1. The clergy exercises some offices on account of the sacrament of Order.

2. There are other functions which are more closely related to the clerics but do not necessarily require the sacrament of Order.

3. The lay people participate and collaborate with the missionary activities of the Church by exercising certain functions based on their baptismal priesthood.

4. Besides the above, sometimes the clergy supply official deputation to the laity to exercise certain services.

The issue here is that for all these functions/services very often the term ministry is employed. This results in a kind of confusion regarding the distinction existing among them. “In some cases, the extension of the term ‘ministry’ to the munera belonging to the lay faithful has been permitted by the fact that the latter, to their own degree, are a participation in the one priesthood of Christ. The officia temporarily entrusted to them, however, are exclusively the result of a deputation by the Church. Only with constant reference to the one source, the ‘ministry of Christ’ … may the term ministry be applied to a certain extent and without ambiguity to the lay faithful: that is, without it being perceived and lived as an undue aspiration to the ordained ministry or as a progressive erosion of its specific nature.”

In general, ministry means any kind of service that the Christian faithful exercise for the building up of the church. “However, when the term is distinguished from and compared with the various munera and officia , then it should be clearly noted that only in virtue of sacred ordination does the work obtain that full, univocal meaning that tradition has attributed to it.”

With regard to some functions assigned to lay people, the instruction says: “The non-ordained faithful may be generically designated “extraordinary ministers” when deputed by competent authority to discharge, solely by way of supply, those offices mentioned in CIC c. 230 § 3 (CCEO c. 403§2: ‘... certain cases functions of the sacred minister may be committed to lay persons, in accord with the norm of law,’ cf. also CCEO c. 614 §4) and in canons CIC cc, 943 (CCEO c. 709) and 1112. Naturally, the concrete term may be applied to those to whom functions are canonically entrusted, eg., catechesis, acolytes, lectors, etc.” The instruction also warns that “temporary deputation of liturgical purposes – mentioned in canon 230 §2- does not confer any special or permanent title on the non-ordained faithful.

c. ‘Christian Faithful’

The point of departure for us to speak about the functions, offices or ministries of the people of God is Baptism. All the baptized even non-Catholics may be included by the general designation ‘People of God.” This concept and usage is the result of the Vatican II’s new vision of theology and ecclesiology. ‘Christian Faithful’ is an expression which is frequently used in the documents of the Vatican Council II (LG 9-17; 31, 34-36; AA 2, 7, 9-10), referring to the ‘people of God’ in the Catholic Church. The term ‘Christian Faithful’ as used in the code, (CCEO cc. 7, 38, 31, 14, 574, 19, 875, 22, 15361542, 600, 651,699 etc.,) refers to all the people of God, within the Catholic Church and it denotes all those who are incorporated into the Body of Christ and the Mystical Body of Christ without distinction into laity, clergy or religious. “It brings out the equality and dignity of all the baptized and the responsibility flowing from baptism.”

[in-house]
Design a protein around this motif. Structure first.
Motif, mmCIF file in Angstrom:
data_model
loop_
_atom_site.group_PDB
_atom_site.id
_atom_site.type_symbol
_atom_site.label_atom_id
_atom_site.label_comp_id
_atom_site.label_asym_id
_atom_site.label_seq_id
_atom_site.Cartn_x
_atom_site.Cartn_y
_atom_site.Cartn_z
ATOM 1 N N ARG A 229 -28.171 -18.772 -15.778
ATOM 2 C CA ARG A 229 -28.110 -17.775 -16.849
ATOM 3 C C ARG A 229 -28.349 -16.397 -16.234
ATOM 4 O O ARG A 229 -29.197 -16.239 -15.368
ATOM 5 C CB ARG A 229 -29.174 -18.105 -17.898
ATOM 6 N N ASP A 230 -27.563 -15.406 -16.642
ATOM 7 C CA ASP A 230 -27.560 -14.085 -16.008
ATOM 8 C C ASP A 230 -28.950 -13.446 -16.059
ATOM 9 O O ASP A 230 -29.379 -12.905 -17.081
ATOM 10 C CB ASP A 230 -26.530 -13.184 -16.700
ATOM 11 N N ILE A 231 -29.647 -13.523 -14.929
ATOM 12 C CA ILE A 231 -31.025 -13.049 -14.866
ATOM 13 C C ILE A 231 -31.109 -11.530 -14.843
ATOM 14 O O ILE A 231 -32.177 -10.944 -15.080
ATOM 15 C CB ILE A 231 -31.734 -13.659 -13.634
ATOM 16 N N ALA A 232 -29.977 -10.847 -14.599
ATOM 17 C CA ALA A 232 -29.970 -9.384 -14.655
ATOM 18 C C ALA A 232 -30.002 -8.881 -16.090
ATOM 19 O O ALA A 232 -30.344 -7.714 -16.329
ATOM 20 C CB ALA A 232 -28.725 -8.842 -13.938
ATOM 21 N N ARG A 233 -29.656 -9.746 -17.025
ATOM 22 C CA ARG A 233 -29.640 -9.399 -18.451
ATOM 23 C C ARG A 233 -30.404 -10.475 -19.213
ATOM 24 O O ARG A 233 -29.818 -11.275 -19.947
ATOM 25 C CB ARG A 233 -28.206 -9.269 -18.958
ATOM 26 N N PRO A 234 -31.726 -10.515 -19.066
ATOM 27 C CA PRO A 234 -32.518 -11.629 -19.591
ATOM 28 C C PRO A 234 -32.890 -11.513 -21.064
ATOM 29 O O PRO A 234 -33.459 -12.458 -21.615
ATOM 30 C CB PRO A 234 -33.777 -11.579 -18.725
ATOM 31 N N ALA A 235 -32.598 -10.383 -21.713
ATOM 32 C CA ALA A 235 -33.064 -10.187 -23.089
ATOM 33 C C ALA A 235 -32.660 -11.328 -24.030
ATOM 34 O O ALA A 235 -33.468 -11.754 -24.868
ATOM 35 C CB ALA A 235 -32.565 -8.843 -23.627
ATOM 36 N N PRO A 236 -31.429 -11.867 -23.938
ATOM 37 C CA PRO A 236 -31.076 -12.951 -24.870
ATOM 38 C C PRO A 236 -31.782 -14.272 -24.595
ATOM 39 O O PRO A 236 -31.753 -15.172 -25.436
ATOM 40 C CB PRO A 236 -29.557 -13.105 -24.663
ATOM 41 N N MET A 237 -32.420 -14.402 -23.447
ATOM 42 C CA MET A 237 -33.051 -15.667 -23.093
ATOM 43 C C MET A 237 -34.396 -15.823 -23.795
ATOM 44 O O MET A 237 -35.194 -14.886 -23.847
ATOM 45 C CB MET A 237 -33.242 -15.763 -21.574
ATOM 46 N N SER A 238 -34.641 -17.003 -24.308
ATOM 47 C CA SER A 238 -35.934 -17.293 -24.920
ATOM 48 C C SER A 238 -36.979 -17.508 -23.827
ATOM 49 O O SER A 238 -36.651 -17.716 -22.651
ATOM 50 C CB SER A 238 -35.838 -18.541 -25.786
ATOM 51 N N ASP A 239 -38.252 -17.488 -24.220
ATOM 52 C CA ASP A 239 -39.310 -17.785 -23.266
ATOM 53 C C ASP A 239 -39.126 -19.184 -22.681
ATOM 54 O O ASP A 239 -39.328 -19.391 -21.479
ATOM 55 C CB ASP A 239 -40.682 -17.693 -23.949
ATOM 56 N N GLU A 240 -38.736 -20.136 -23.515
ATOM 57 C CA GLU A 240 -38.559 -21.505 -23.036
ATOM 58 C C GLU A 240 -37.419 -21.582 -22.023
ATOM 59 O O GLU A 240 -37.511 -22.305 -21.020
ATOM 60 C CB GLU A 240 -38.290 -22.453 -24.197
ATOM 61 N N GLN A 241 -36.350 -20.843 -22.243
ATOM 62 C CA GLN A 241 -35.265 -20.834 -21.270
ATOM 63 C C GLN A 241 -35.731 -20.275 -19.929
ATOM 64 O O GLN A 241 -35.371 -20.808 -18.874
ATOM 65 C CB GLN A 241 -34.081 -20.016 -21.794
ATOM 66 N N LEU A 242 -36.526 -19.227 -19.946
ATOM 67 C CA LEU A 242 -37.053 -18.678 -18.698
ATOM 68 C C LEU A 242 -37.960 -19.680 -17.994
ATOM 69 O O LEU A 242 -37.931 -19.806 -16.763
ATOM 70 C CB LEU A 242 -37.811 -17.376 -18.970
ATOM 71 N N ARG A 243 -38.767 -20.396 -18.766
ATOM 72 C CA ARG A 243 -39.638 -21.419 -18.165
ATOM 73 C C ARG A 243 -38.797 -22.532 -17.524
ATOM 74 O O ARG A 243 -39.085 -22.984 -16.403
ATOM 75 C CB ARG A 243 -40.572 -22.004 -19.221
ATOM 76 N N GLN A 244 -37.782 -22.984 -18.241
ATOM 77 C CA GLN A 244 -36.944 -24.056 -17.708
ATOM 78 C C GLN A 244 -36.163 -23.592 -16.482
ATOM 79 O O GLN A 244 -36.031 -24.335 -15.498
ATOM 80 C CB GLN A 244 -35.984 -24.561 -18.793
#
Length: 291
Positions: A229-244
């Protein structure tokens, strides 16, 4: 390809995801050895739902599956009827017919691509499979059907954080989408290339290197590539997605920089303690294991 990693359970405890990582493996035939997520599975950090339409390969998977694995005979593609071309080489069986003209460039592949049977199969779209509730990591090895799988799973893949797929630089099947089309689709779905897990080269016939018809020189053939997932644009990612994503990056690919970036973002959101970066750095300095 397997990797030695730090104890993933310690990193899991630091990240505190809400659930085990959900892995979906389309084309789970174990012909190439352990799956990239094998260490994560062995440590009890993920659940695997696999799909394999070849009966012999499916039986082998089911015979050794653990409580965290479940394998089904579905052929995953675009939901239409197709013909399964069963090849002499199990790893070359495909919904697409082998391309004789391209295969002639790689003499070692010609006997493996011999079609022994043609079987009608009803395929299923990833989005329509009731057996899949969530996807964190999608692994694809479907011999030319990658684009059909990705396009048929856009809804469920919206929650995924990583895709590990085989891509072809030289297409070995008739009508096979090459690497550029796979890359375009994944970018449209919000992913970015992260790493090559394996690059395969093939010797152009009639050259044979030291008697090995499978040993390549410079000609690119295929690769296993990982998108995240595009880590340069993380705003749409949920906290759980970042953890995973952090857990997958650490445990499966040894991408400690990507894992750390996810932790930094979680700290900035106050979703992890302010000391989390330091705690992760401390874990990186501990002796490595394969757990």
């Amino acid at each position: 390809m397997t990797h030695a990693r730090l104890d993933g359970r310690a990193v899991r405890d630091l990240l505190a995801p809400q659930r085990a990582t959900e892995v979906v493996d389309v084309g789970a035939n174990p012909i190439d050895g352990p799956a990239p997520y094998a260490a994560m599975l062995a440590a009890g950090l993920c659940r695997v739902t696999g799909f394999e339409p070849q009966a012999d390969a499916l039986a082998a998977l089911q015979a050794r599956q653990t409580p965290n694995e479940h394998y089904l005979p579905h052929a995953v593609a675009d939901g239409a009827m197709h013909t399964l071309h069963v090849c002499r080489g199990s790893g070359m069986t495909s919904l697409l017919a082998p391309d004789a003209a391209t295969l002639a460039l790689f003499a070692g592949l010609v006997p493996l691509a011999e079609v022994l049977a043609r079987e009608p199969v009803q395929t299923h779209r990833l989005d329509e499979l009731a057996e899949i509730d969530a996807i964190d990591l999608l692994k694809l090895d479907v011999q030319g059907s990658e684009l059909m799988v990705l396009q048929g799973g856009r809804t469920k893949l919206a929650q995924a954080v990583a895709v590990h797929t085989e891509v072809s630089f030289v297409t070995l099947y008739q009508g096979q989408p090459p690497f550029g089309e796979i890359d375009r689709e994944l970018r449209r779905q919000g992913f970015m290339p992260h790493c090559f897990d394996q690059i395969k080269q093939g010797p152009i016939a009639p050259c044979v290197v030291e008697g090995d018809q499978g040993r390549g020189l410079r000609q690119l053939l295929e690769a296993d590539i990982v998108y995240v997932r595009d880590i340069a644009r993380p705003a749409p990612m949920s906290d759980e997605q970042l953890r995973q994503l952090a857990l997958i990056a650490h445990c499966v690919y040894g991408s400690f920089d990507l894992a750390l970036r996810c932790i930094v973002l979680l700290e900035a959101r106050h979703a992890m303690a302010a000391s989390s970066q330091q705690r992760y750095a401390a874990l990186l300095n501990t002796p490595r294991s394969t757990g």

3. The Source of the Lay Apostolate/Ministry

Baptism : Hans Ruedi tells, “Baptism is the ordination of the laity which authorizes them to participate in Christ’s ministry in and for the world. Baptism introduces each church member into a basic apostolic succession. Just as each apostle is called, so each member of the apostolic church is called to discipleship and mission. … In baptism each member of the church is introduced into the dying and uprising with Christ, who, as the eternal High Priest, offered himself to become the victim for the salvation of the world. From their baptism onwards, all Christians are therefore called to share in Christ’s priestly work by offering themselves in love and obedience to God and in the love and service of men.”

The Vatican II document, On the Call and Mission of the Lay Christian Faithful , states: “From the fact of their union with Christ, the head, flows the laymen’s right and duty to be apostles. Inserted as they are in the mystical Body of Christ by baptism and strengthened by the power of the Holy Spirit in confirmation, it is by the Lord himself that they are assigned to the apostolate” (AA. 3; see also LG 33). John Huels says: “It is a person’s baptism that provides the sacramental basis for the exercise of any ministry, a basis far more substantial than that of the mere legal principle of jurisdiction.” Baptism establishes a basic and fundamental equality among all Christ’s Faithful. “All men and women in the church have a baptismal equality. Neither gender nor race nor culture makes certain Christians superior or inferior. Discipleship is a common matrix for all baptized, for all are the People of God, the covenantal people, and baptism is the sign of this holy covenant.”